The USAF RC-135V/W RIVET JOINT surveillance aircraft are equipped with an extensive array of sophisticated intelligence gathering equipment enabling military specialists to monitor the electronic activity of adversaries. Also known as ""RJ"", the aircraft are sometimes called ""hogs"" due to the extended ""hog nose"" and ""hog cheeks"". RIVET JOINT has been widely used in the 1990s -- during Desert Storm, the occupation of Haiti, and most recently over Bosnia. Using automated and manual equipment, electronic and intelligence specialists can precisely locate, record and analyse much of what is being done in the electromagnetic spectrum.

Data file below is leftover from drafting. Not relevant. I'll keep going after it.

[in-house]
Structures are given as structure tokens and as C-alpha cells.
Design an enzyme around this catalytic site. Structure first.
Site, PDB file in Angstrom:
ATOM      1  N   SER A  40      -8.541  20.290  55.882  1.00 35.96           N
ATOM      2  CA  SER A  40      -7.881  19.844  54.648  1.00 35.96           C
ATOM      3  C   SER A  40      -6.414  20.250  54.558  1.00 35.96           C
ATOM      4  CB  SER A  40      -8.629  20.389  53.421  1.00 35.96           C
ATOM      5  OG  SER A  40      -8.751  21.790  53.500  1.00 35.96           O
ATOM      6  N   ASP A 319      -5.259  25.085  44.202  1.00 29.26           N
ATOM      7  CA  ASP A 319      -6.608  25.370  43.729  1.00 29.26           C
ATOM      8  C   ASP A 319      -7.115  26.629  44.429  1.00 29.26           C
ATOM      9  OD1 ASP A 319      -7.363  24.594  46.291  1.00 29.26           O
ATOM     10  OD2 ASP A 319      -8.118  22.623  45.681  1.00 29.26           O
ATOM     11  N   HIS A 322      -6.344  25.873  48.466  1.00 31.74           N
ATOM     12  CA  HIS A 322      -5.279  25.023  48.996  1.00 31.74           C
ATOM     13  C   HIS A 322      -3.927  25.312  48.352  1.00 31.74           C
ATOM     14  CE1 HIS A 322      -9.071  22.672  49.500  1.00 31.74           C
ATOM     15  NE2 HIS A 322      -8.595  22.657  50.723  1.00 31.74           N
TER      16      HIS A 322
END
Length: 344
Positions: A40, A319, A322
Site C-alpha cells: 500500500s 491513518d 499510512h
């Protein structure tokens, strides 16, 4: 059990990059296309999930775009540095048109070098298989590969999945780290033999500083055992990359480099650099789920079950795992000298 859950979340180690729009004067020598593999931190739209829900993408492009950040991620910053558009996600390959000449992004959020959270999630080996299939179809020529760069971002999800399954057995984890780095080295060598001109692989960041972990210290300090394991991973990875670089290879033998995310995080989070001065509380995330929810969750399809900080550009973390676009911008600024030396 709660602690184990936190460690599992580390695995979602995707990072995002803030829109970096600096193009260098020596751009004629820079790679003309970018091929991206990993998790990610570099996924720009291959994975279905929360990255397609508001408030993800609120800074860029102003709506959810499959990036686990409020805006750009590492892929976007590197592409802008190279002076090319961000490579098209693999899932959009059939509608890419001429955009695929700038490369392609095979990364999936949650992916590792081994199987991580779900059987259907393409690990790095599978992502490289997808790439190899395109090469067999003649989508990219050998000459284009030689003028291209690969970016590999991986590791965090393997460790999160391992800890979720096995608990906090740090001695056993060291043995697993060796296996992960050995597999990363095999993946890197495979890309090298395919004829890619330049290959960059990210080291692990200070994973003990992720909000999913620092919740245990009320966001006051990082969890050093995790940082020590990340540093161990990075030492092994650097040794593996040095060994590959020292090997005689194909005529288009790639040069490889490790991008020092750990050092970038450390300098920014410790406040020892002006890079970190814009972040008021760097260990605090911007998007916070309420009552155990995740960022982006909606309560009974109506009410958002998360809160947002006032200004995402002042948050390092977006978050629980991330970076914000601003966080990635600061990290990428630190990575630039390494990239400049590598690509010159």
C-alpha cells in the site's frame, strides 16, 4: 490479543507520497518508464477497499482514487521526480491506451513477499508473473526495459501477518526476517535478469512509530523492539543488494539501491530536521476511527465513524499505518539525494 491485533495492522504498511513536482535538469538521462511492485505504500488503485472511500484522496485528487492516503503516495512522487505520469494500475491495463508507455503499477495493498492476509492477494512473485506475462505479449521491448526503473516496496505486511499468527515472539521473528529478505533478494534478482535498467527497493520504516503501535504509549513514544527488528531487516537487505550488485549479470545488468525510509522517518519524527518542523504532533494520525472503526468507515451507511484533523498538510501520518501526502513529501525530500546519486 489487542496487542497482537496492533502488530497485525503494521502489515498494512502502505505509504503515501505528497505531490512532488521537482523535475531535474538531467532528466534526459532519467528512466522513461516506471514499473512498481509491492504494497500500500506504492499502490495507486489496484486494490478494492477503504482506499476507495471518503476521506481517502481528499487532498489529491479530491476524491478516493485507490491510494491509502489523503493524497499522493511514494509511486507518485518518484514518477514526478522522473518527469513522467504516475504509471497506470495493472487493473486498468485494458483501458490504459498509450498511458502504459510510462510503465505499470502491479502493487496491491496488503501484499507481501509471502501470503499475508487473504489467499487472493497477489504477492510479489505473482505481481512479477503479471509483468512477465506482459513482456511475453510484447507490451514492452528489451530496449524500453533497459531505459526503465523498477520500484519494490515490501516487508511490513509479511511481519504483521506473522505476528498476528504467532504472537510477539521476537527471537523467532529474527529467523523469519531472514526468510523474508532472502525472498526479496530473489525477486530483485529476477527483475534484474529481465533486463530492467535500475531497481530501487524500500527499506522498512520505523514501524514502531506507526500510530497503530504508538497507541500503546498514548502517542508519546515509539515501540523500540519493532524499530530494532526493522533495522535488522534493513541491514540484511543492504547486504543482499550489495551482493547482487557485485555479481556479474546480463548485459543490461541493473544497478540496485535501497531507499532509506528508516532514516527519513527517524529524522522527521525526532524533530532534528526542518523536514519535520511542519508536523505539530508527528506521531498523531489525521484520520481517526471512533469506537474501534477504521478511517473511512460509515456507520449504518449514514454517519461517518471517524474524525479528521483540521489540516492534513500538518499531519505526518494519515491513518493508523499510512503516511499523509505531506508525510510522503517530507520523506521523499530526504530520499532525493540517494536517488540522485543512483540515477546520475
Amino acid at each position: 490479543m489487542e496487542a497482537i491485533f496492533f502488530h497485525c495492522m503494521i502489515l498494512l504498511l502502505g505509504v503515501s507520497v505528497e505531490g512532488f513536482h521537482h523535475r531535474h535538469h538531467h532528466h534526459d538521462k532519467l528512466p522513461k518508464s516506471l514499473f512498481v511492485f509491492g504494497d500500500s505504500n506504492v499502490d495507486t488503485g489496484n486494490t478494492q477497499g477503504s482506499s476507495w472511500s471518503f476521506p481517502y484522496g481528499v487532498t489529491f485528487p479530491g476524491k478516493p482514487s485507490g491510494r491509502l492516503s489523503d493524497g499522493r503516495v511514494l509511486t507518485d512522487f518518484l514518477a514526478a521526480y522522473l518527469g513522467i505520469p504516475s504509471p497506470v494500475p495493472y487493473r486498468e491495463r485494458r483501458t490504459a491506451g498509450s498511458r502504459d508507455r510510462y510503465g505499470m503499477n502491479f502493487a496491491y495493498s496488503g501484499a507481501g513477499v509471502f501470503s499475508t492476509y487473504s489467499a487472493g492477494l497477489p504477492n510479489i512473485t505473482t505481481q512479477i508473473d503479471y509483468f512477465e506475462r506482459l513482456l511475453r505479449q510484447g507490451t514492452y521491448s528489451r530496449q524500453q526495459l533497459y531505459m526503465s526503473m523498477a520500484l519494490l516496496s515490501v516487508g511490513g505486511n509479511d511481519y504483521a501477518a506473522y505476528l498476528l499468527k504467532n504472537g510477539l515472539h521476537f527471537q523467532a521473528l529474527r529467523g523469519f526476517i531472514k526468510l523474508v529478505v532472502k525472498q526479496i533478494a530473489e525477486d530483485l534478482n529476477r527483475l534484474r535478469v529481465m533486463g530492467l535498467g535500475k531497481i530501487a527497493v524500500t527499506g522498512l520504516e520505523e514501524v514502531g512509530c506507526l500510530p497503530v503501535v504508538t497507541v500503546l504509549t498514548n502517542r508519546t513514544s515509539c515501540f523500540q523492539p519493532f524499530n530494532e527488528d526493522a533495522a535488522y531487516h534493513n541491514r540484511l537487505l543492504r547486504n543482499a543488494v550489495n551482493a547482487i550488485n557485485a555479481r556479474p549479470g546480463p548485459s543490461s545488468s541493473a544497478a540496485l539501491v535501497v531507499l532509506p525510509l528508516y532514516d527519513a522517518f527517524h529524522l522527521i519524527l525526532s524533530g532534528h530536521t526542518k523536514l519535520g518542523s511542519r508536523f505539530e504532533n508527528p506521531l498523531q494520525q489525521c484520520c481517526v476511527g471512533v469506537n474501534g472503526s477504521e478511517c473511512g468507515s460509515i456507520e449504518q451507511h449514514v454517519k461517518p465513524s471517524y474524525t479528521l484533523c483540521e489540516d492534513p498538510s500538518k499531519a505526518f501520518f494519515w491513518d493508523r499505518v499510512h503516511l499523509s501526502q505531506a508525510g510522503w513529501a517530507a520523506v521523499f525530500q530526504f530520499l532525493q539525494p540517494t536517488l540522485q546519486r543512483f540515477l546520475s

The fleet of 14 RIVET JOINT aircraft increased to 15 in late 1999 with the addition of a converted C-135B. The jets conversion cost about $90 million. The Rivet Joint fleet is currently undergoing significant airframe, navigational and powerplant upgrades which include re-engining from the TF-33 to the CFM-56 engines used on the KC-135R and upgrade of the flight deck instrumentation and navigational systems to the AMP standard. The AMP standard includes conversion from analog readouts to a digital glass cockpit configuration.
The Air Force plans to spend at least $1.4 billion to keep the RC-135 Rivet Joint (RJ) fleet flying through 2018. The service also plans to modify a recently retired Air National Guard KC-135 tanker, turning it into the Air Forces 17th RJ signals-intelligence aircraft.